Photo Credit: Jewish Press

Intensity filled the air as the players jogged onto the court. With the blow of the referee’s whistle, the game began, and the spectators were immediately on their feet.

This wasn’t the NBA finals, but my son’s junior varsity basketball game. They were playing against their biggest rival. Both teams were undefeated, and this game would determine who would take first place in the league.


Watching the boys play, I was quite impressed with their agility, passion and skill. Our son’s team was up by twenty points and it seemed like the game was over.

All of a sudden, there was a shift in the game. The opponent’s numbers on the scoreboard began creeping up, while ours were at a standstill. Eventually, the two teams were neck and neck. With only two minutes left in the game, every turnover caused an uproar in the audience. Both coaches were hoarse because what they couldn’t do with physical participation, they made up for with shouting. The audience counted down the seconds and the buzzer went off. Game over. The “other” team won.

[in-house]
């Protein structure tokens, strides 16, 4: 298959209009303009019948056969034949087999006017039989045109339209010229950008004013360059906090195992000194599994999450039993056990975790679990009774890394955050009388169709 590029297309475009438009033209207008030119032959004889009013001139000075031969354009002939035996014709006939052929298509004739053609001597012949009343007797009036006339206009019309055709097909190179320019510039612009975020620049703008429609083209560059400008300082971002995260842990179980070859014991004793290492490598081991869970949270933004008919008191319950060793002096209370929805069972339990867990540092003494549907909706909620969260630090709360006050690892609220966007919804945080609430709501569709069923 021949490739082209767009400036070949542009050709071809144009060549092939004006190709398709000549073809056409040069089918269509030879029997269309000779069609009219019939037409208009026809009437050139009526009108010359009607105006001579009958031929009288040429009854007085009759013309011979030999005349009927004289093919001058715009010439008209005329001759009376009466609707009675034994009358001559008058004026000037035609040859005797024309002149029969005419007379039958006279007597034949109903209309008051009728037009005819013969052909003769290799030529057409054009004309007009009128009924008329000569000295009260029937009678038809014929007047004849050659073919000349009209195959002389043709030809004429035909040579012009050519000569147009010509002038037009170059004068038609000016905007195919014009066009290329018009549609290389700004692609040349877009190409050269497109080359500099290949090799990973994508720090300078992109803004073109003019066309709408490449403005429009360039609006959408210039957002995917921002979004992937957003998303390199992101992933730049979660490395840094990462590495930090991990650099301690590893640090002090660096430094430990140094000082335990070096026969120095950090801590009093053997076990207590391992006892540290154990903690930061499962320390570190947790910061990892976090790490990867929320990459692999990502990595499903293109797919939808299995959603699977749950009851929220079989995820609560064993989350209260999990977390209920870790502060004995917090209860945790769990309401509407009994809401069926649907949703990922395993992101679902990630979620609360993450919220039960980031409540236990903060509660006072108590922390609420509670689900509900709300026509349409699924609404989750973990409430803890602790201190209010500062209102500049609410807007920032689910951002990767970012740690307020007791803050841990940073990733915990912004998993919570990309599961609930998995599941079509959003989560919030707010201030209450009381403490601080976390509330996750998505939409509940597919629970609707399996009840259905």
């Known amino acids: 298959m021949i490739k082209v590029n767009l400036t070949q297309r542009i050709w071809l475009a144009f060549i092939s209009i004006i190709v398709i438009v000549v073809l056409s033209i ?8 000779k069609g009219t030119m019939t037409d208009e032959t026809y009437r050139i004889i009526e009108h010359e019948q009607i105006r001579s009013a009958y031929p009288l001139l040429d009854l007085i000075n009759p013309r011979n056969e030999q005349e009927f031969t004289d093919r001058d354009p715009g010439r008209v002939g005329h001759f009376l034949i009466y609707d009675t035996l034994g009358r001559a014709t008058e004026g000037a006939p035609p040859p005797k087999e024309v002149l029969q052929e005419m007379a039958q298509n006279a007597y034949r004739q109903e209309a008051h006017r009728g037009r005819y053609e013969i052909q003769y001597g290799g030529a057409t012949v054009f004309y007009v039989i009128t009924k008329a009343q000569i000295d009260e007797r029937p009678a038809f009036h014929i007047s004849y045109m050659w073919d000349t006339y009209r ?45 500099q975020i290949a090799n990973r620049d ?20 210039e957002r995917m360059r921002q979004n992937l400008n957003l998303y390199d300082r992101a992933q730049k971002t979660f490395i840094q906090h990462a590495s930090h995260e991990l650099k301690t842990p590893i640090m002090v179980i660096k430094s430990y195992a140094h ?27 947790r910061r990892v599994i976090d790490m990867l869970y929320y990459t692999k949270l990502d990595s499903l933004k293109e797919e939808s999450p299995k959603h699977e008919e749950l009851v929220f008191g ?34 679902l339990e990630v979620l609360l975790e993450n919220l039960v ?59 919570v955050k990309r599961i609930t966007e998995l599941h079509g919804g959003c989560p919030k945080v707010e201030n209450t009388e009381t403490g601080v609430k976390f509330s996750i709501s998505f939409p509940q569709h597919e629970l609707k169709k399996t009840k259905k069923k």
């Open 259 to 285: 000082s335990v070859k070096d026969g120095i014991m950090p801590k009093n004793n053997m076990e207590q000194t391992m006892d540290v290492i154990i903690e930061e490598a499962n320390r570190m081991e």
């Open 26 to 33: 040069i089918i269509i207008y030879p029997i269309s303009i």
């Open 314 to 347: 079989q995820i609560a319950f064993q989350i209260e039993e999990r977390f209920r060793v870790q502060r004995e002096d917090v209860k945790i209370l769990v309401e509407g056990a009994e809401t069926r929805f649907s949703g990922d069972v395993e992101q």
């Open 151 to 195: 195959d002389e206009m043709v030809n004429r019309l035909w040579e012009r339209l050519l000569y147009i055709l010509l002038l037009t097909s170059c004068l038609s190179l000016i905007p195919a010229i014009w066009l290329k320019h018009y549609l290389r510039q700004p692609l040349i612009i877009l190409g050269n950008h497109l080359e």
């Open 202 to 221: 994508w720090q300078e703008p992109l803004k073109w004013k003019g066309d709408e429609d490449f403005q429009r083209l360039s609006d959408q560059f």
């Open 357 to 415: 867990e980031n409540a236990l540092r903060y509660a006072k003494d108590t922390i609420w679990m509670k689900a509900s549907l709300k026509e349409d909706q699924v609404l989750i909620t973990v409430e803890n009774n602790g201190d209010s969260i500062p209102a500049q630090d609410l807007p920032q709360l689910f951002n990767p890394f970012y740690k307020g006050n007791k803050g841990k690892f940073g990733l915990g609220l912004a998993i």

Reflecting back on the game, I couldn’t help noticing how emotionally involved most of the parents were (myself included). Sure there was the usual cheering taking place, but some of the parents were literally sweating more than the players.

I remember my own time playing high school basketball and how appalled I was when the opponents’ parents and grandparents would boo us loudly when we were shooting at the foul line.

While for many parents, yelling and cheering from the sidelines is enough, there are also plenty of parents, grandparents, and coaches who would love to be on the court and playing themselves. My husband even mentioned his own remorse over the inability to be back in the game. Of course at the end of the day, parents are stuck on the sideline, their days of playing long gone. We had our opportunity on the court and the chance to make our mark, but that time has passed.